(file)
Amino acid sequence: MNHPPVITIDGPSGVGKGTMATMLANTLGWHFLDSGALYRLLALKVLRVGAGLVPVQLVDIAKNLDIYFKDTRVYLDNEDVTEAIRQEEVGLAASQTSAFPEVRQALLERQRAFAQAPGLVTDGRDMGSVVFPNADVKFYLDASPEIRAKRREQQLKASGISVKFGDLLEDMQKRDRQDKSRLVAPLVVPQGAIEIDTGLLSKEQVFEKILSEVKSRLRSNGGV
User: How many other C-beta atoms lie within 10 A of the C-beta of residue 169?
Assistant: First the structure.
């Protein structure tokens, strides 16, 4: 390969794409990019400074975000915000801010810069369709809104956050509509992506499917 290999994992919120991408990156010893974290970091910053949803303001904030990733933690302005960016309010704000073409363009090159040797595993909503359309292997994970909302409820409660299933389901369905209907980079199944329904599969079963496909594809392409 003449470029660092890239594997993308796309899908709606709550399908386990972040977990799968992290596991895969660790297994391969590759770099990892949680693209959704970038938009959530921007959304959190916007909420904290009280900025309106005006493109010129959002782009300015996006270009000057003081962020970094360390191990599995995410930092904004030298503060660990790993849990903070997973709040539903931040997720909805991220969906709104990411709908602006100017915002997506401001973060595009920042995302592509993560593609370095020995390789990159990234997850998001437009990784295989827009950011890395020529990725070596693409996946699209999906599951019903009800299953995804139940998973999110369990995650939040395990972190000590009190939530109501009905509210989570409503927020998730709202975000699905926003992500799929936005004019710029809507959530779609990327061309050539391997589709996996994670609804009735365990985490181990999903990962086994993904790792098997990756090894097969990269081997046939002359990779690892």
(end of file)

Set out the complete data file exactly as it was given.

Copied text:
Amino acid sequence: MNHPPVITIDGPSGVGKGTMATMLANTLGWHFLDSGALYRLLALKVLRVGAGLVPVQLVDIAKNLDIYFKDTRVYLDNEDVTEAIRQEEVGLAASQTSAFPEVRQALLERQRAFAQAPGLVTDGRDMGSVVFPNADVKFYLDASPEIRAKRREQQLKASGISVKFGDLLEDMQKRDRQDKSRLVAPLVVPQGAIEIDTGLLSKEQVFEKILSEVKSRLRSNGGV
User: How many other C-beta atoms lie within 10 A of the C-beta of residue 169?
Assistant: First the structure.
């Protein structure tokens, strides 16, 4: 390969794409990019400074975000915000801010810069369709809104956050509509992506499917 290999994992919120991408990156010893974290970091910053949803303001904030990733933690302005960016309010704000073409363009090159040797595993909503359309292997994970909302409820409660299933389901369905209907980079199944329904599969079963496909594809392409 003449470029660092890239594997993308796309899908709606709550399908386990972040977990799968992290596991895969660790297994391969590759770099990892949680693209959704970038938009959530921007959304959190916007909420904290009280900025309106005006493109010129959002782009300015996006270009000057003081962020970094360390191990599995995410930092904004030298503060660990790993849990903070997973709040539903931040997720909805991220969906709104990411709908602006100017915002997506401001973060595009920042995302592509993560593609370095020995390789990159990234997850998001437009990784295989827009950011890395020529990725070596693409996946699209999906599951019903009800299953995804139940998973999110369990995650939040395990972190000590009190939530109501009905509210989570409503927020998730709202975000699905926003992500799929936005004019710029809507959530779609990327061309050539391997589709996996994670609804009735365990985490181990999903990962086994993904790792098997990756090894097969990269081997046939002359990779690892």